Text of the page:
Wasser says prospects not likely for 7th h.s.

ENGLISHTOWN – Although he is still waiting on a demographer’s report, Freehold Regional High School District Superintendent of Schools James Wasser said at the Board of Education’s Oct. 9 meeting that building a seventh high school does not seem to be in the district’s future.

“Based upon what’s going on with the state budget, I don’t think the picture is very bright for us to go out and plan for a seventh high school at this time,” the superintendent said.

Wasser said he does not believe residents would support the increase in property taxes that would be needed in order to build a new school.

The Jackson school district in Ocean County opened a second public high school in September that was built over the past three years at a cost of about $70 million.

The FRHSD has eight sending municipalities: Colts Neck, Englishtown, Farmingdale, Freehold Borough, Freehold Township, Howell, Manalapan and Marlboro. The district’s total enrollment for the 2006-07 school year is about 11,800 students in six high schools that are in Colts Neck, Freehold Borough, Freehold Township, Howell, Manalapan and Marlboro.

In the coming months, a demographer will study recent population growth and residential building approvals in the district’s eight municipalities and report back to the board with the results.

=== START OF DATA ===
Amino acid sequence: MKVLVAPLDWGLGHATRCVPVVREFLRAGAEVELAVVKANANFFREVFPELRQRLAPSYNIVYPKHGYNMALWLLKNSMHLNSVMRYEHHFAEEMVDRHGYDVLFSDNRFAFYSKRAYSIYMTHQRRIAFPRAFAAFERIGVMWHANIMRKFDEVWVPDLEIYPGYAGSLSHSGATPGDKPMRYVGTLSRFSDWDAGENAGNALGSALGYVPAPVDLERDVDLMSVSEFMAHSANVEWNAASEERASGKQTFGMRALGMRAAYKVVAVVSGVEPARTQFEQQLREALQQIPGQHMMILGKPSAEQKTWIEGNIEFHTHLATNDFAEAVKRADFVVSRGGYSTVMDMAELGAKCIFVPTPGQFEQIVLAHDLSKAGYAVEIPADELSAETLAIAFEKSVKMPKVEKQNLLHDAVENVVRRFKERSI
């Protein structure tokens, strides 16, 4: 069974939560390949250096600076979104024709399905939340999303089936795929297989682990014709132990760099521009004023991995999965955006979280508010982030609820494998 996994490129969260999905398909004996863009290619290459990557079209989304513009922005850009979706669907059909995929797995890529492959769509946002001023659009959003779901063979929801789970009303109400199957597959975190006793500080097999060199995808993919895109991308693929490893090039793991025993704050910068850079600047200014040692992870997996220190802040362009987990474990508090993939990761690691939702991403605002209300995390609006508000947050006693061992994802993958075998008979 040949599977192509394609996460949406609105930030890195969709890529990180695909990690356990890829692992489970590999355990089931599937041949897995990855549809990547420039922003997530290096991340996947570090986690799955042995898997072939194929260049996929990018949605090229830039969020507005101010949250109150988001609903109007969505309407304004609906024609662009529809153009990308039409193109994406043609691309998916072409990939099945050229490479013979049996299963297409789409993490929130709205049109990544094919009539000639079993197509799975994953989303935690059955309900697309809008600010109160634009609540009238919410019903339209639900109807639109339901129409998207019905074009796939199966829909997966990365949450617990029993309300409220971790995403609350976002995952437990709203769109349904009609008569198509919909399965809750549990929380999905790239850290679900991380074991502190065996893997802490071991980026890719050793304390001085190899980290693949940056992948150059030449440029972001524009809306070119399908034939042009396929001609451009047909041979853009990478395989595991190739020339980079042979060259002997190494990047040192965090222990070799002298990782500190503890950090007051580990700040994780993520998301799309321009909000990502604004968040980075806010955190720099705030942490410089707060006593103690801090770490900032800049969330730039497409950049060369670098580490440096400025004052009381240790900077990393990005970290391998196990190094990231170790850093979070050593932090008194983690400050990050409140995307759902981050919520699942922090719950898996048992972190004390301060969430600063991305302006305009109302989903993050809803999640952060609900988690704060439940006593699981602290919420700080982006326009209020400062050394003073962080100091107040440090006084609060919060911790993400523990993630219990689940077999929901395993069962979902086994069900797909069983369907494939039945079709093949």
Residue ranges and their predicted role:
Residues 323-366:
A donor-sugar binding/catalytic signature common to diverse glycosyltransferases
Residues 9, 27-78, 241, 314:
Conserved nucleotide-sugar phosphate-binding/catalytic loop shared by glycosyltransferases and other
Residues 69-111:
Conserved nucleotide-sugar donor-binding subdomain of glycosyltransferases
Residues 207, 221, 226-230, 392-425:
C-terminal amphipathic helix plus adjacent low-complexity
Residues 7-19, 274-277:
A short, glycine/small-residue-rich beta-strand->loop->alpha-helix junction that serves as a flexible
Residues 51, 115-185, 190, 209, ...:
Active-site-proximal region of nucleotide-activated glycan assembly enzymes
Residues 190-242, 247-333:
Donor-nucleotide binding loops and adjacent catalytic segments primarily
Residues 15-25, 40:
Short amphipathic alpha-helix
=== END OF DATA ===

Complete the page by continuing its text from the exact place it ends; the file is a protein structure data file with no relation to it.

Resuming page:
Wasser said those results will remain the focus of facility improvements or new construction depending on the number of incoming students to the district.

According to public information officer Ilse Whisner, the demographic study is being conducted by T&M Associates.

Other enrollment studies are being prepared as well.

“Another important aspect is the actual student enrollments of our constituent elementary schools,” Whisner said. “We will be asking each of the districts to send us a copy of their state report for transported residential students, which is due in Trenton on Oct. 18.”

Whisner said the entire process should be completed in December or January.

On the topic of finding land for a seventh high school, Wasser has previously asked local elected officials to consider making land available to the FRHSD that could be used for a new school.

But “no one is coming to us with land,” he said, noting that the district cannot afford to purchase land – 50 acres or more – at market rate.

For now, Wasser believes residents will say, “figure out ways to tighten your shoestrings,” and manage enrollment concerns without building another school.

The FRHSD had 11,470 students in September 2004, 11,700 students in September 2005 and 11,800 students in September 2006.

– Larry Hlavenka Jr.